Young Adult Ministry: Game Night
Service starts with community, and community starts with knowing tiny factoids about obscure stuff.
OK not really, but gathering in community doesn’t always have to happen Sunday mornings. As we get the Young Adult Ministry ramped up, we’re starting with Trivia Night at Trials, on First Street. They have board games and food, and teams are three people or smaller. We can play trivia, grab a game, or just eat!
We get there at 7:30 to get a good table, and trivia starts at 8. Trials is 18 and over.
Questions? Want to RSVP? Email Pastor Lauren at email@example.com.
White Ally Toolkit Training
Sunday, April 7, 2-5 PM
USSJ is partnering with Showing Up for Racial Justice (SURJ) at Sacred Heart, to bring you a very special event! “Encouraging, Empowering, and Equipping Allies: Using the White Ally Toolkit to Help Dismantle Racism, One Conversation at a Time,” with Dr. David Campt, will be held on April 7, from 2-5 PM, at 160 N. 3rd Street, San Jose, CA 95112.
This is USSJ’s next step after our book club around White Fragility by Robin DiAngelo, which asked us to think critically about white privilege and, closer to home, why our church itself is mostly white, and how to change the culture so that it’s more welcoming to people of color. Check out the video below to see what to expect.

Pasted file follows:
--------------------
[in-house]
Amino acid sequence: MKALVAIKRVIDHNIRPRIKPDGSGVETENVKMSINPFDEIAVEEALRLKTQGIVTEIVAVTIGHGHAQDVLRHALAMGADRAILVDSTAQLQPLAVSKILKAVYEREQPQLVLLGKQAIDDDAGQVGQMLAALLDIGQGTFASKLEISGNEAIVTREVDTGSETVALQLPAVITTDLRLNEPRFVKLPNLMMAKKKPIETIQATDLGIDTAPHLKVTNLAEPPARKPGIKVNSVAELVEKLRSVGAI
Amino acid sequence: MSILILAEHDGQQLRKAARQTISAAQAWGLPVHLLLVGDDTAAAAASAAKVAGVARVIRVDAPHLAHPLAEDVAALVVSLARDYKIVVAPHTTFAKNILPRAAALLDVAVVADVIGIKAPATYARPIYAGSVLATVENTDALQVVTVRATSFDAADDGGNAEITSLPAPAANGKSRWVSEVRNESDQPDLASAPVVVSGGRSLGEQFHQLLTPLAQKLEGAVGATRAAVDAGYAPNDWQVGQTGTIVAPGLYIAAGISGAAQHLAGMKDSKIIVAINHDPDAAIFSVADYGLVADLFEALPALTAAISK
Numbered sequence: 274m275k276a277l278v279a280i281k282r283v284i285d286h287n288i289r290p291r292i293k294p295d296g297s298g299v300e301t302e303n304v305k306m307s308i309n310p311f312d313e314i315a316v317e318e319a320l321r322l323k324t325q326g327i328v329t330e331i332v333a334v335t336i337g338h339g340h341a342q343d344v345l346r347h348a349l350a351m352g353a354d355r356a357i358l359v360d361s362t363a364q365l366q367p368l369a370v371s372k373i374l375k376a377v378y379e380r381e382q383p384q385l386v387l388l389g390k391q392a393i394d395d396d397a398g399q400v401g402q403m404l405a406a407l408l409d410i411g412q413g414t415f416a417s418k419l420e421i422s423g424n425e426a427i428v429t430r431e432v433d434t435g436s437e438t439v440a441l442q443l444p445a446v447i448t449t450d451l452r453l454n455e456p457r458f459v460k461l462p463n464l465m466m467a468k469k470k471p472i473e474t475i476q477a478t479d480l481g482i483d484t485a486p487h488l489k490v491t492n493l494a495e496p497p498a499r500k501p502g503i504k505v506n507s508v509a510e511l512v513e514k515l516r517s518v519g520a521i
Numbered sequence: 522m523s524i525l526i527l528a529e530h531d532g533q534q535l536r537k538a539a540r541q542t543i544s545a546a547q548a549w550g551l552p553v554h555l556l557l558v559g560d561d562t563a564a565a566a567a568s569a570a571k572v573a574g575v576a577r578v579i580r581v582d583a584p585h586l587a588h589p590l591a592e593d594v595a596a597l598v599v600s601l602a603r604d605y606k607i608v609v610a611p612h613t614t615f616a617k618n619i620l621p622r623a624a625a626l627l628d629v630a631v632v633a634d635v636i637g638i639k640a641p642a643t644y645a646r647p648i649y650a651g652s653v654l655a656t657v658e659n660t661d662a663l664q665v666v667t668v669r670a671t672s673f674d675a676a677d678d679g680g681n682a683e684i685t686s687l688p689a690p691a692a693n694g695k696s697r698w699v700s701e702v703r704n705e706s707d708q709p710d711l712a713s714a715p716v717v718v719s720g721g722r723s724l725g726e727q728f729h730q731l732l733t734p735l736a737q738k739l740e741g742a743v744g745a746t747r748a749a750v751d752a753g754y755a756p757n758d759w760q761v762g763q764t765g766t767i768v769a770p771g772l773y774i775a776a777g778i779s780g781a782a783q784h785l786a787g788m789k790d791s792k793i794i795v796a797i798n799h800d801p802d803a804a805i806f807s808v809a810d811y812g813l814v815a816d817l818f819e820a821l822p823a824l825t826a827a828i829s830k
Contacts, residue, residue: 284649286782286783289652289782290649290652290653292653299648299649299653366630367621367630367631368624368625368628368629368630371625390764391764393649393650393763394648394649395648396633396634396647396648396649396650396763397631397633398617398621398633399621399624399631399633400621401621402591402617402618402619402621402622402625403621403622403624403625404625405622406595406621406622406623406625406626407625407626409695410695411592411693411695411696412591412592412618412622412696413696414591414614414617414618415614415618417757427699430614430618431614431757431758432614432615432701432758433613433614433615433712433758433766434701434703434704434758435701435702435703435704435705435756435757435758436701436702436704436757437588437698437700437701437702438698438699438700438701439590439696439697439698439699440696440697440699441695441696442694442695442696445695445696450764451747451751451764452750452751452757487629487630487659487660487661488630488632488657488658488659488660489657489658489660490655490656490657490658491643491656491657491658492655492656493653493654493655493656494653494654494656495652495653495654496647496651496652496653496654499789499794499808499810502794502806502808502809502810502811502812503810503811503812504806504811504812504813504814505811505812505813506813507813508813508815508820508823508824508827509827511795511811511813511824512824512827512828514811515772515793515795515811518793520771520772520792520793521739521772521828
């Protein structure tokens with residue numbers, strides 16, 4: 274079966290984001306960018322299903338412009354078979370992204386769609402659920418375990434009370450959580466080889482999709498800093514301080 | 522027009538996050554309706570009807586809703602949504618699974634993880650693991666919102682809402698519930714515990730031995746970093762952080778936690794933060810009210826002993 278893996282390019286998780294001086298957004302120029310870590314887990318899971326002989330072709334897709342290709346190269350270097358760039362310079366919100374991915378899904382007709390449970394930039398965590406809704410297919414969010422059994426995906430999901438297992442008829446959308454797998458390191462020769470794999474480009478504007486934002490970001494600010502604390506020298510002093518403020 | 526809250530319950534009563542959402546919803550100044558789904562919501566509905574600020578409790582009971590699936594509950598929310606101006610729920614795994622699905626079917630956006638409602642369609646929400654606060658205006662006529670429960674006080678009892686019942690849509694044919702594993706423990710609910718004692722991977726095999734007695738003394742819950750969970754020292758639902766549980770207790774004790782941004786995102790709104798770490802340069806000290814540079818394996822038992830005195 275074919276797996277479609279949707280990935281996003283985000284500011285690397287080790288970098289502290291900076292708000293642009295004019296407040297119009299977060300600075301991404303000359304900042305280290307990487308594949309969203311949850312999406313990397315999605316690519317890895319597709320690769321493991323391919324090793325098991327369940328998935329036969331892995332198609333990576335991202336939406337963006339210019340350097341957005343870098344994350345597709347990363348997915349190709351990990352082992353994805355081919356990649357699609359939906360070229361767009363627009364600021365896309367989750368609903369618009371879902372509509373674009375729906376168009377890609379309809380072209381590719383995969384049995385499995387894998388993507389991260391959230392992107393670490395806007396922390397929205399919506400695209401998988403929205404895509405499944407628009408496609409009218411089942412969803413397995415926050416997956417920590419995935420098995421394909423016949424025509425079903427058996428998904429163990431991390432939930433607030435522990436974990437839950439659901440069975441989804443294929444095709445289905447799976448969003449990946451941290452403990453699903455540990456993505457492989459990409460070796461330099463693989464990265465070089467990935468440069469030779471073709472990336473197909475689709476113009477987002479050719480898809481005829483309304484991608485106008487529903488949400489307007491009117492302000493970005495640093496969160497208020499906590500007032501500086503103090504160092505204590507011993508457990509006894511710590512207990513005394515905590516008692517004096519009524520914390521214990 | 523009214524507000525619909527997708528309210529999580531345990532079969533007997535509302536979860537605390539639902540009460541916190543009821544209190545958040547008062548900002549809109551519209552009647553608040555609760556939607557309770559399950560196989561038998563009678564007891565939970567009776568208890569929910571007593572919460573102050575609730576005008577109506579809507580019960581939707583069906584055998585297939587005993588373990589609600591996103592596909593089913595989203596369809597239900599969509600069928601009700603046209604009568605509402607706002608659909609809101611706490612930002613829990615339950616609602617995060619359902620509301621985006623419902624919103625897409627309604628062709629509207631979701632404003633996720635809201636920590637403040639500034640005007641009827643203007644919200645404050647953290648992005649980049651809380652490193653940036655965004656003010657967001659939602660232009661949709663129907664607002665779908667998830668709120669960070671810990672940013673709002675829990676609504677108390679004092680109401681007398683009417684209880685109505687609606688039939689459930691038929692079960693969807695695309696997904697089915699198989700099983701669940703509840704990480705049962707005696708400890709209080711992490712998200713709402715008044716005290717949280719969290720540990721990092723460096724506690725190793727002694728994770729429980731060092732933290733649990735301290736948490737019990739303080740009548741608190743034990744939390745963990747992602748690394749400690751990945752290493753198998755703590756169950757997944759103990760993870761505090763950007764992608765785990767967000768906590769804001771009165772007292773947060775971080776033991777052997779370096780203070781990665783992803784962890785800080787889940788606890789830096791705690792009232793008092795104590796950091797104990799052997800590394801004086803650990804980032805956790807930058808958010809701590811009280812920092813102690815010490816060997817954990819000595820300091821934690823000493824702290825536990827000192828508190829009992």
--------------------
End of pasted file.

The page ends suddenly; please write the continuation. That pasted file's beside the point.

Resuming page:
Street parking is free on Sundays. Register here, and please note that payment is on a sliding scale. We are covering Dr. Campt’s costs; this is not a fundraiser for either SURJ or USSJ.
See you there!
Join us for our book club starting March 24, in the Recovery Cafe, at 11:30a, for a community discussion of this work led by our very own Kevin Haley! You don’t need to be caught up to join in the discussion, and copies of the book are available for $15 in the front office. See you there!
Pictures of a Gone City: Tech and the Dark Side of Prosperity in the San Francisco Bay Area begins by tracing the concentration of IT in Greater Silicon Valley and the resulting growth in start-ups, jobs, and wealth. This is followed by a look at the new working class of color and the millions earning poverty wages. The middle chapters survey the urban scene, including the housing bubble and the newly exploded metropolis, and the final chapters take on the political questions raised by the environmental impact of the boom, the fantastical ideology of TechWorld, and the tech-led transformation of the region.